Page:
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I just discover that EQD is using a new footswitch for certain models, the Flexi-Switch.

Flexi-Switching
This device features Flexi-Switch™ Technology! This relay-based, true bypass switching style allows you to simultaneously use momentary and latching style switching.

  • For standard latching operation, tap the footswitch once to activate the effect and then tap again to bypass.
  • For momentary operation, hold the footswitch down for as long as you’d like to use the effect. Once you release the switch the effect will be bypassed.
Since the switching is relay based, it requires power to pass signal.
I really like the idea behind it. Can add alot of flexibility on a pedal without too much modification.

@mhammer is it something that can be added to any pedals?
 

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Nice!

I forgot that (at least) the main 8 buttons on the fx8 can be set to momentary or latching as well.
This is good to know. I’ve been using my FX8 with just a couple of presets, for now, to learn and go over songs for an upcoming gig. But when I fine tune the FX8 for the show the momentary switching will come in handy.
 

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This is good to know. I’ve been using my FX8 with just a couple of presets, for now, to learn and go over songs for an upcoming gig. But when I fine tune the FX8 for the show the momentary switching will come in handy.
I have a volume block set up to be a "kill all" switch, which may be my first endeavour.
 

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I'm a fan of the old CMOS switch circuit, that Craig Anderton laid out in his Electronic Projects for Musicians books, primarily because they permit use of either momentary OR latching switches....so I use both. I'm a firm believer that there are some effects that benefit from use of momentary switching, like ring modulators, because they are not going to be used on any sort of continuous basis. There are also effects that can be used in creative ways by momentarily inserting them. Why advocate for momentary, when stepping twice will do the same thing? Simple, it's more fluid and less disruptive to one's live playing to simply lift your foot when you no longer want the effect.

The newer MASH switches on TC pedals are something different (I'm assuming that nothing even more recent has appeared when I wasn't looking). I traded notes with Tore, and he told me that they use Hall effect sensors. There is a small magnet at the bottom of the switch, that affects a nearby sensor to generate a voltage as it comes closer to the sensor. So, where the EQD-type switch changes between two types of fixed function (momentary/latching), the TC switch changes between a continuous control and a fixed function. I asked him what MASH stood for, and he said "Nothing. It's what you do with the switch....you mash it".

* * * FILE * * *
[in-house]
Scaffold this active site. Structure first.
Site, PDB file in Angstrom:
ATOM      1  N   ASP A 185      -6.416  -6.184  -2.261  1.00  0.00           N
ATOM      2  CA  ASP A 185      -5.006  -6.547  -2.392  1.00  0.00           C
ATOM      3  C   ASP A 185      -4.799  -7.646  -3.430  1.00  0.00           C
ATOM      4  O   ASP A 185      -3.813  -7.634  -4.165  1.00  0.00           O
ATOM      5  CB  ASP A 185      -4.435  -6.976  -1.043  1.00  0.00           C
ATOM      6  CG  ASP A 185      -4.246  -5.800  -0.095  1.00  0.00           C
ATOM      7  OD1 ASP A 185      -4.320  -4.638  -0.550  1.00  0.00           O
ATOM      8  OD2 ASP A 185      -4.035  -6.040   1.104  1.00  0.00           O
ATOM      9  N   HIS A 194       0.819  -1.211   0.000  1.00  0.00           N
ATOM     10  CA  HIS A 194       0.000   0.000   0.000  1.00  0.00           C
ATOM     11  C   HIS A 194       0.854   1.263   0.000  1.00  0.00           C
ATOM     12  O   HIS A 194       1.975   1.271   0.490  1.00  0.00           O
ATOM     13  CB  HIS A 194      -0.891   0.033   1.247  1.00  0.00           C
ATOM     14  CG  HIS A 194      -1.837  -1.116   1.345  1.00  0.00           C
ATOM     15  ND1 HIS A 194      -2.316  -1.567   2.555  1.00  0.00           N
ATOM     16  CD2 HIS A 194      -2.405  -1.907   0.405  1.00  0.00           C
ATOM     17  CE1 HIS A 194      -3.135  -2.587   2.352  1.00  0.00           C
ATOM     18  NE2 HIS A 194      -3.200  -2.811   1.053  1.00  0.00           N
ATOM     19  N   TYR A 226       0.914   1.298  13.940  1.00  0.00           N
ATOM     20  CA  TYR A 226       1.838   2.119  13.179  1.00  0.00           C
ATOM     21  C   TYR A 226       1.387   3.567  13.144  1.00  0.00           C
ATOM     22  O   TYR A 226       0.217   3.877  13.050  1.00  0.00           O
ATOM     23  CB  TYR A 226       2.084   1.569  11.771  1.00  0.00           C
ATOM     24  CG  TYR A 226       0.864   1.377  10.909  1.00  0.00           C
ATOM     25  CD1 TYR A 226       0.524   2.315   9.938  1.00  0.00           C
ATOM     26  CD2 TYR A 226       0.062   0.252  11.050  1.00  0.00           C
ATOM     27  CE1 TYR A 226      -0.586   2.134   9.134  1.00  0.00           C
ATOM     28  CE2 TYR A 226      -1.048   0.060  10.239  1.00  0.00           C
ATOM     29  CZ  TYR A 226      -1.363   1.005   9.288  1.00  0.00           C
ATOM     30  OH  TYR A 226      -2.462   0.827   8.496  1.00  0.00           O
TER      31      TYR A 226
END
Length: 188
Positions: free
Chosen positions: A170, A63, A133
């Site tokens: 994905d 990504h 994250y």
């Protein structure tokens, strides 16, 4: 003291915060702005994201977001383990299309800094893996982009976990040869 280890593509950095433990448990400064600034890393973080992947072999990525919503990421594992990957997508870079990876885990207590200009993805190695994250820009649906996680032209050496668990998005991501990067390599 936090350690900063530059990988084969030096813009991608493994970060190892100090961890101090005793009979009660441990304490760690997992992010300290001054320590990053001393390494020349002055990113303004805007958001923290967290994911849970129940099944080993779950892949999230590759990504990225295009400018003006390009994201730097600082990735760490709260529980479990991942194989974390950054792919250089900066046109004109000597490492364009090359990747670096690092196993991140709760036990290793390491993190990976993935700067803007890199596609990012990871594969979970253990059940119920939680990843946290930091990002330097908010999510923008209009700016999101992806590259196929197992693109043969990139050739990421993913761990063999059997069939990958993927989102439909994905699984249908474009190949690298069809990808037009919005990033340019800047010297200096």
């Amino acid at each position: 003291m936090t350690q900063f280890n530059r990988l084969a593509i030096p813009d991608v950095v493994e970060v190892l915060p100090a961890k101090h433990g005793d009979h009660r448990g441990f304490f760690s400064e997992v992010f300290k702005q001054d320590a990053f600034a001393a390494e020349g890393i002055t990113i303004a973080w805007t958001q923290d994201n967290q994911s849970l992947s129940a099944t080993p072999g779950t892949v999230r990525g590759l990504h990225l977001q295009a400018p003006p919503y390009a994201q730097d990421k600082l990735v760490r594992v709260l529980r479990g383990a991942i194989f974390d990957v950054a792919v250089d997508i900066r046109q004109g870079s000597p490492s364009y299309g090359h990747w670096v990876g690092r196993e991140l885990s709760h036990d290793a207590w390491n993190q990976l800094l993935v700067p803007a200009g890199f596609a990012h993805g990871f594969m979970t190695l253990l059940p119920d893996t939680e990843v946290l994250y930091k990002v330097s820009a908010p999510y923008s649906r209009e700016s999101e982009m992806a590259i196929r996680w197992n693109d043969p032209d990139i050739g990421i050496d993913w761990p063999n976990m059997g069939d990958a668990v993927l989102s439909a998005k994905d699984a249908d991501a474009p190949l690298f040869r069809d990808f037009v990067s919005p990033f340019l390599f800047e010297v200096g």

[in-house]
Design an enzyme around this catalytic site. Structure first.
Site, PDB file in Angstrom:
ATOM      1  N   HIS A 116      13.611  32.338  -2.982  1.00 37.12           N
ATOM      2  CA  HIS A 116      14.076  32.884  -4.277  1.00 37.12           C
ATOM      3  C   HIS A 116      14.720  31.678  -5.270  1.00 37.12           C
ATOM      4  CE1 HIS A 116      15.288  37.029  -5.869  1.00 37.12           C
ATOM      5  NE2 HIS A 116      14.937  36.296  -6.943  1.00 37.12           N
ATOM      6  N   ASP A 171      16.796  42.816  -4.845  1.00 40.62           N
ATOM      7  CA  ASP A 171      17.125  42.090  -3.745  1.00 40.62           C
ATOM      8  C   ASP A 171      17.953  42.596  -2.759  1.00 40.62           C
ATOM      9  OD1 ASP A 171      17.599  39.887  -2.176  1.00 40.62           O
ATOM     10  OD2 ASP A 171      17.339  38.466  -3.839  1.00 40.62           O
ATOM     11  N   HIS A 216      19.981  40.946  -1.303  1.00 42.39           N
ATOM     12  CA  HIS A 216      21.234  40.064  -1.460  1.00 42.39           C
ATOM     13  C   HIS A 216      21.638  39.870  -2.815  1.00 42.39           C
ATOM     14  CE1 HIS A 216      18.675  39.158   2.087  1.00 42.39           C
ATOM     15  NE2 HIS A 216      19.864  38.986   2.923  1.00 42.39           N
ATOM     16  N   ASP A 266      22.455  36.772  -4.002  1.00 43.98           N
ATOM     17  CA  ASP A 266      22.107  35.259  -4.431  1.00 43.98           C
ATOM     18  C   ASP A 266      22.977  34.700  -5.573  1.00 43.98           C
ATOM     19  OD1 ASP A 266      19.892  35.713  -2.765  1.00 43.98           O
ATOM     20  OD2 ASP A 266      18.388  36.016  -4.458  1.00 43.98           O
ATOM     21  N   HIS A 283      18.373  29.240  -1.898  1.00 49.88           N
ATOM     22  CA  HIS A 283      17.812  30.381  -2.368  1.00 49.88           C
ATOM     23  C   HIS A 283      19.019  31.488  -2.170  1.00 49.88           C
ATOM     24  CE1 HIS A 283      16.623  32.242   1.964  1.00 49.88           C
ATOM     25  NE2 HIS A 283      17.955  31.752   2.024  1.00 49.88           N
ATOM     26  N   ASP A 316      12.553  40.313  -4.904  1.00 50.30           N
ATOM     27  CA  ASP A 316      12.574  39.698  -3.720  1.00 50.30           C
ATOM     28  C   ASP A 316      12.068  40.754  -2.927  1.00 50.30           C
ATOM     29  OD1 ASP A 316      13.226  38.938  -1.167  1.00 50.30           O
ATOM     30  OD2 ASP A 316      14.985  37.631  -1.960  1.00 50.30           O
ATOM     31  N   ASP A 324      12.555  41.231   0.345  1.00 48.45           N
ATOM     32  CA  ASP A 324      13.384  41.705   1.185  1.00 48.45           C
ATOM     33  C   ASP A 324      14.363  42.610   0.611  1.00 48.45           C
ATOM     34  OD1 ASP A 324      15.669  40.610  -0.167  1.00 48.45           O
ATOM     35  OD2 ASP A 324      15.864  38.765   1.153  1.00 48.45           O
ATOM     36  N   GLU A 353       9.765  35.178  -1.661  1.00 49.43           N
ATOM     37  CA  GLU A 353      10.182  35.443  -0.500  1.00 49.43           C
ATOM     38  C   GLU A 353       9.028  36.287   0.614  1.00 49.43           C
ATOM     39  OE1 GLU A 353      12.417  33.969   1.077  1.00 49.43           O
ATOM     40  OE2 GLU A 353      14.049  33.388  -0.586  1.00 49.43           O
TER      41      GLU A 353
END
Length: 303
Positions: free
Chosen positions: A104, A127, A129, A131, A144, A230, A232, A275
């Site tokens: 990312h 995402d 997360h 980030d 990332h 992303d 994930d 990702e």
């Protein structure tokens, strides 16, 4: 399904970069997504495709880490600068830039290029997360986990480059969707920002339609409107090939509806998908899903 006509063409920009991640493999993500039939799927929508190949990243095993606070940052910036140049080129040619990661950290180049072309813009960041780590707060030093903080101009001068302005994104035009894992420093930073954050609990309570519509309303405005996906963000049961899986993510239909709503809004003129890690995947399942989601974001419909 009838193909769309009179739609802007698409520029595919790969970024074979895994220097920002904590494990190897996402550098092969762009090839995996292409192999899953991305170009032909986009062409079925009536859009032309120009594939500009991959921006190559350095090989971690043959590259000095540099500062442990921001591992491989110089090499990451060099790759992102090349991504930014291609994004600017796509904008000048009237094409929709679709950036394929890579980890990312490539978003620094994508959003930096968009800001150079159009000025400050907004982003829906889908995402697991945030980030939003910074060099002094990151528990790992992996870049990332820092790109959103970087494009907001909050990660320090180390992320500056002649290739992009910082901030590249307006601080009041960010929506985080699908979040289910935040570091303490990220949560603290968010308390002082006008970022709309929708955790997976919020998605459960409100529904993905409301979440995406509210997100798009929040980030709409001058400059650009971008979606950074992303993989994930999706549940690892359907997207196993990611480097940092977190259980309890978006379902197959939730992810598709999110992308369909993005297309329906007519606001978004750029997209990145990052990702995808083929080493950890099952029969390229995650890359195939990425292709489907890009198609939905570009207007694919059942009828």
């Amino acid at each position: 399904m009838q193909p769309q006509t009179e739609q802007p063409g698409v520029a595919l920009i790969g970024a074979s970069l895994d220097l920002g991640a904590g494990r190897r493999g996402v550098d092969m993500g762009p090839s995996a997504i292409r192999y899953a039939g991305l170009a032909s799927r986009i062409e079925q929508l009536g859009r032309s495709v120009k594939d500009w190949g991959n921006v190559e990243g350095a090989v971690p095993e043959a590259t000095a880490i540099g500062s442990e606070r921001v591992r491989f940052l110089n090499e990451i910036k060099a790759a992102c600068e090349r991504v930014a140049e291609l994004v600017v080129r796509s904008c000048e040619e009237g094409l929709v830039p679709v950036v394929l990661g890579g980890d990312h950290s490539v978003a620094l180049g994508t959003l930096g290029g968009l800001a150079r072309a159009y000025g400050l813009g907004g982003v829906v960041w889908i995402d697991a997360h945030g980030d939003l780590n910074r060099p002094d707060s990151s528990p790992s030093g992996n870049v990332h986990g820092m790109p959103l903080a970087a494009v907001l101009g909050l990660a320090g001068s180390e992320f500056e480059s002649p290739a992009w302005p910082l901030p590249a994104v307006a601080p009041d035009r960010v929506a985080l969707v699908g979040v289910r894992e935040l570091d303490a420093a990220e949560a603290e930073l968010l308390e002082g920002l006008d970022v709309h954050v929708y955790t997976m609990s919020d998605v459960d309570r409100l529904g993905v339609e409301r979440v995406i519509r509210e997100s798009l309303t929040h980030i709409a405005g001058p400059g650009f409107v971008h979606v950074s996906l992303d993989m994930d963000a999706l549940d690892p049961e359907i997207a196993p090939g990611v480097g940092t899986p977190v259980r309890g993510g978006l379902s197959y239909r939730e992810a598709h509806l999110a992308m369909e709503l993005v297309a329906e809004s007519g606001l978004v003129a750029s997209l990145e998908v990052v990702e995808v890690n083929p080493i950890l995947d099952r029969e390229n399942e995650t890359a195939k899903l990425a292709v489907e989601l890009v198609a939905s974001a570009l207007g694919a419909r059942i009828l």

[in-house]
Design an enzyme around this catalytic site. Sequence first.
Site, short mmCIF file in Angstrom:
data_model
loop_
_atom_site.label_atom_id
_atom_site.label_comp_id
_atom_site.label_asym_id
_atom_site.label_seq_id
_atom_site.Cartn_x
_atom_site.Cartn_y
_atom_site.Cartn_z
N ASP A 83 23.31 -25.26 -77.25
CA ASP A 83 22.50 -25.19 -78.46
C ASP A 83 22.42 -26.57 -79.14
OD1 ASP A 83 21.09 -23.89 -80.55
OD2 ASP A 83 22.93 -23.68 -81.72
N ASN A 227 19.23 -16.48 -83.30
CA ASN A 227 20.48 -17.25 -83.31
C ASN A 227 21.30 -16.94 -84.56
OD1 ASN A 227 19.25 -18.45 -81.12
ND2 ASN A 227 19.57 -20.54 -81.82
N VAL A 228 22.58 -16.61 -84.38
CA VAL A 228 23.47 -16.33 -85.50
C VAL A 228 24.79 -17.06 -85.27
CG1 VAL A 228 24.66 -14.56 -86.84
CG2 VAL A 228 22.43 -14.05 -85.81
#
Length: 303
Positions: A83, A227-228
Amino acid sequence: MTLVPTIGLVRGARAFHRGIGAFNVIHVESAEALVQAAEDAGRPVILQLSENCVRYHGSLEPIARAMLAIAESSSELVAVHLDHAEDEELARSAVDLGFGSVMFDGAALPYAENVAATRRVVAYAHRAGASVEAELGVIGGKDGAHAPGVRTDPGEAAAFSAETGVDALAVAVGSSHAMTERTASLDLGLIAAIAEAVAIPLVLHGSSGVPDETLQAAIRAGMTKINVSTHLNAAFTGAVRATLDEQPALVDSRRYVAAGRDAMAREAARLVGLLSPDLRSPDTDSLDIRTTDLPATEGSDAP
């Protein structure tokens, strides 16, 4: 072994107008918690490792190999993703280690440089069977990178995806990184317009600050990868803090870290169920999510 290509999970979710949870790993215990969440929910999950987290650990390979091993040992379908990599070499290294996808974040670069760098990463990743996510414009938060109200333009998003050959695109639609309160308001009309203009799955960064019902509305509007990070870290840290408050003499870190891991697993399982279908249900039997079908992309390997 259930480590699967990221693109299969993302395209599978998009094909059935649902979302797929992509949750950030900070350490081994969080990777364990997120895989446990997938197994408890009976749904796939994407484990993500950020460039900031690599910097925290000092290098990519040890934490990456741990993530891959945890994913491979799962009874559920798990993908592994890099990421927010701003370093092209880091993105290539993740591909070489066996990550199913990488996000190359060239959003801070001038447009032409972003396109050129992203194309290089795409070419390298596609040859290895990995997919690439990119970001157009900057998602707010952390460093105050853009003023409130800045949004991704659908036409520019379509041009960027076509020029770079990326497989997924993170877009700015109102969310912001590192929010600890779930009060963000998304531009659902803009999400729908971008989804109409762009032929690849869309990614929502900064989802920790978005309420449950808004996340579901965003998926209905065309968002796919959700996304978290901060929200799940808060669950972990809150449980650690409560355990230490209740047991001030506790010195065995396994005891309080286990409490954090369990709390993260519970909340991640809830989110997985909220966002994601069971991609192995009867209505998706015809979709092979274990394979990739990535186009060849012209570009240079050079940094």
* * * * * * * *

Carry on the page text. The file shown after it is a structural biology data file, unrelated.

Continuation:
On the old Boss DF-2 Feedbacker pedal (and I think the VB-2 Vibrato as well), the momentary switch would change function if you held it down for a few seconds. In the case of the DF-2, the pedal - once engaged - was a run-of-the-mill distortion. But if you pressed and held the momentary switch down, it would engage the feedback simulator on top of the distortion for as long as you held the switch down. Though not necessarily intended for the function, if you continued holding the switch down, the generated noted could function as a drone while you continued to play over it. Think of it as a poor man's monophonic Freeze pedal, that sampled the pitch of one note, rather than sampling the overall audio signal.

My buddy Joel Korte includes a momentary/latching option on all Chase Bliss pedals, however it is set by a dipswitch along the rear skirt of the pedal, rather than relying on holding something down. Six of one, half-dozen of the other. Both methods are valid and have uses.

Can a Flexi-switch arrangement be added to pedals? In some instances, yes, though not without some significant modding. For instance, a great many modulation and delay-based pedals engage the "effect" by using one switching FET to either include or block a second signal. Boss has traditionally used this for their flangers, chorus, phasers, and analog delays. The normal footswitch uses a flip-flop circuit to hold that FET in an on or off state, but the same FET could also be adapted to be turned on with a simple external momentary footswitch that sidesteps the flip-flop aspect, such that the FET would only be on as long as the switch is held down. It would involve drilling a hole to install a small mini phone jack, and probably adding a few components, in addition to the obvious external momentary footswitch in its own box. Needless to say, the pedal would be left in a "bypass" state in order to take advantage of this.
 
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